Open for Essential Services

Berkshire veterinarians open for essential services; hours reduced

By Margaret Button, The Berkshire Eagle
Veterinarians in the Berkshires are still seeing pets during the statewide coronavirus crisis, but only for essential services.
In conversations with The Eagle, several local practitioners said they remain open for sick visits, emergencies and the completion of time-sensitive vaccines. Hours have been reduced, but the offices are offering curbside service.
And despite the recent reports of a tiger at New York's Bronx Zoo testing positive for the virus, local veterinarians — as well as the U.S. Department of Agriculture — say there are no known cases of the virus in U.S. pets or livestock.
The coronavirus outbreaks around the world are driven by person-to-person transmission, experts say.
Dr. John Reynolds of Pittsfield Veterinary Hospital, was quick to reassure owners that pets were safe from getting the disease.
"Dog and cats don't get the disease," he told The Eagle last week, "and they aren't carriers of the virus in terms of breathing it in or breathing it out."
He did caution that they could be carriers of the virus on their fur.
"If someone who has the virus sneezes, it [droplets from the sneeze] will get on the pet. It's not known how long the virus will remain alive, so another person petting the animal may pick up the virus."
He added that, "In general, we've seen nothing that shows pets are part of the problem, and you don't have to take any precautions, just maintain social distancing so no one pets your pet."

Dr. John Reynolds of Pittsfield Veterinary Hospital on West Housatonic Street brings a dog out to its owner Friday after treating the animal. Due to the COVID-19 pandemic, local veterinary hospitals are offering curbside dropoff and pickup of animals needing essential treatments.

If a pet owner is hospitalized or unable to take care of a pet, whoever takes on the care of the animal should immediately give the animal a bath.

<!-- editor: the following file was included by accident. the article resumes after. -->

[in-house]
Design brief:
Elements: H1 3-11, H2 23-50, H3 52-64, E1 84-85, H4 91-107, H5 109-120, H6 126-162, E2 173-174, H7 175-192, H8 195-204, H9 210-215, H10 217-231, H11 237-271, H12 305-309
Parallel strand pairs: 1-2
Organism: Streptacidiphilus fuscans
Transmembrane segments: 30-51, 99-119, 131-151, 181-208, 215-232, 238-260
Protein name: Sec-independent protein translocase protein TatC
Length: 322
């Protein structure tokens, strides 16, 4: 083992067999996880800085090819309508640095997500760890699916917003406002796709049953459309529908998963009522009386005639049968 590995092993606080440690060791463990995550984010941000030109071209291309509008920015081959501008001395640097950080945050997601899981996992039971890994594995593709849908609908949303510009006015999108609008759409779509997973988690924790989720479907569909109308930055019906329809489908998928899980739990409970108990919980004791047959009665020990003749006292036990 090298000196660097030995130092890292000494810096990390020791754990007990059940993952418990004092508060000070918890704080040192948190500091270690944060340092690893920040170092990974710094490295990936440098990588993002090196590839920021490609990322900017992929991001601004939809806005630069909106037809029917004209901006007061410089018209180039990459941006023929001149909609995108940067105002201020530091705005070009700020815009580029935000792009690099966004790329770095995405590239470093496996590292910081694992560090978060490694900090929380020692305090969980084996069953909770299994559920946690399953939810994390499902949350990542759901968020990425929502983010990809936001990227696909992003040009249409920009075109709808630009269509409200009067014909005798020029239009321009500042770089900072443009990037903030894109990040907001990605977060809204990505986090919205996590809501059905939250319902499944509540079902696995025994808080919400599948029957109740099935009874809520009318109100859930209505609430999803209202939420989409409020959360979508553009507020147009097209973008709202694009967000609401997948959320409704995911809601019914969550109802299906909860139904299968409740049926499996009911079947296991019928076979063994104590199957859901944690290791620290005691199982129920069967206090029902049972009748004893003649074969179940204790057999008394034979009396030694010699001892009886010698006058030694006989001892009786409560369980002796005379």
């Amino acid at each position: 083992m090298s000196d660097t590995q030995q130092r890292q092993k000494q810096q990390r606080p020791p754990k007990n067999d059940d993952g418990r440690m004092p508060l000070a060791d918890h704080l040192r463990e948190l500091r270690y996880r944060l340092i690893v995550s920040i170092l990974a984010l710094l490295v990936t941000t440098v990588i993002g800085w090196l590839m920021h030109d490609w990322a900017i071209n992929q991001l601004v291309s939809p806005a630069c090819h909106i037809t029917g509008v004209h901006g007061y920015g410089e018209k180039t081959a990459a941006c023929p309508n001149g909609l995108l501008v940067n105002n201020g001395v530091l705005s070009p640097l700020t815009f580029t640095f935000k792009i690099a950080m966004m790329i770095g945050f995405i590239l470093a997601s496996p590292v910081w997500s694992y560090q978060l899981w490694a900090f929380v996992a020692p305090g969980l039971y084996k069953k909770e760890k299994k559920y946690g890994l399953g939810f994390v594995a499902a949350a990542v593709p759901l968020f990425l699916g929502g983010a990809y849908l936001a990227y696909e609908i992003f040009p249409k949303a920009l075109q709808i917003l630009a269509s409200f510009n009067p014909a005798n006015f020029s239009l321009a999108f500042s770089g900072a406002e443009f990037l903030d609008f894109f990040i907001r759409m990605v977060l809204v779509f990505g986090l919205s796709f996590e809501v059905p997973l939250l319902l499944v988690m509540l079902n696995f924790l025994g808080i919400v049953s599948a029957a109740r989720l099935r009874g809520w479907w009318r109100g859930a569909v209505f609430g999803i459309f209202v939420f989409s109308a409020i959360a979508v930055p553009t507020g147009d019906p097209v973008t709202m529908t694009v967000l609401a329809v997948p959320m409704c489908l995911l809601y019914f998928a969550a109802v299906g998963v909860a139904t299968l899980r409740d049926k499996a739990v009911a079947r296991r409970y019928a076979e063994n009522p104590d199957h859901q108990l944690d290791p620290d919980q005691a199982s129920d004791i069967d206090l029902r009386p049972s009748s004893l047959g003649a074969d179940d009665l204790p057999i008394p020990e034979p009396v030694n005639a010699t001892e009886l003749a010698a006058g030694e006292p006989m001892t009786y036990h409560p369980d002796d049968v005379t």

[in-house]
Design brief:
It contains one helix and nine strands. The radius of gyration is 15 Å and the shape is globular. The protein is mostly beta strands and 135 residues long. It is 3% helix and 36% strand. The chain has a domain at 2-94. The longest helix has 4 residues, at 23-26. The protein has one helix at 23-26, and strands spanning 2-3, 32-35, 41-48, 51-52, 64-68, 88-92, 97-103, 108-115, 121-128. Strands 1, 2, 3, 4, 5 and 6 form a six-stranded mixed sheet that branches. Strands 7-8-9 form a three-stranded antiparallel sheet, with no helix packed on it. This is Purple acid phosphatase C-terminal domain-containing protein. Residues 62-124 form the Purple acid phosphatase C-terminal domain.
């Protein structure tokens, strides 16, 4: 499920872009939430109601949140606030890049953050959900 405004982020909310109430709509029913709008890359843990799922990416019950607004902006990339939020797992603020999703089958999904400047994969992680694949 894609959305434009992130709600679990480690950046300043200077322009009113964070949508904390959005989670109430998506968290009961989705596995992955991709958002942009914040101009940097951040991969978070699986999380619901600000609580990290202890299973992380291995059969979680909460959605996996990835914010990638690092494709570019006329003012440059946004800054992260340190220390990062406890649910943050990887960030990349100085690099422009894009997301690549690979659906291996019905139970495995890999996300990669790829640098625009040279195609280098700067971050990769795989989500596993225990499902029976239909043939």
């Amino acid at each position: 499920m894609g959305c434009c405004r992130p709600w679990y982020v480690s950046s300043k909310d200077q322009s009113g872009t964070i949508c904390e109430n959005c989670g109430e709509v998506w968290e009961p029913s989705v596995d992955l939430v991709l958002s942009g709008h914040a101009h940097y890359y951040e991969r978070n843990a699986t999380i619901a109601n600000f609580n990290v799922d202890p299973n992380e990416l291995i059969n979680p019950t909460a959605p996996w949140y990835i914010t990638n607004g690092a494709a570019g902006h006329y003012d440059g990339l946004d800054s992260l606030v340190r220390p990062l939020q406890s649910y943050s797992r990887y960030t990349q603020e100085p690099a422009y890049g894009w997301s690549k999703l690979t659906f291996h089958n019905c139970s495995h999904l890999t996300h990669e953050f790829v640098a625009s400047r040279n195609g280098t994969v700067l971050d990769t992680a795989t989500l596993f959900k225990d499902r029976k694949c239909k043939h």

"We use Dawn dish soap here in our boarding kennel," he said. "Also do not use any of the animals leashes, collars, bowls or toys without washing and/or disinfecting. Do not use anything that might be contaminated without washing or disinfecting it."
Reynolds said Pittsfield Veterinary Hospital was still open seven days a week, but the hours have been shortened to 8 a.m. to 6 p.m.
"We are deemed an essential business and were asked to stay open. We're doing everything we can to take care of people's pets. Pets are even more important during this time, giving their owners support and companionship."
To ensure the safety of its staff members and the public, Reynolds said the hospital has adopted curbside service.
"We'll chat with the owners before and after the visit," he said, "and take the pet in while the owners wait in the car."
He added that staff members will also check to see if the owner is not showing any signs of COVID-19.
​​​​​​​Staff members' schedules have been adjusted at the hospital, so if some come down with the virus, the hospital can remain open, Reynolds said.
Ashley Gilvey, hospital manager at Greylock Animal Hospital in North Adams, reiterated that pets could not get or pass on COVID-19.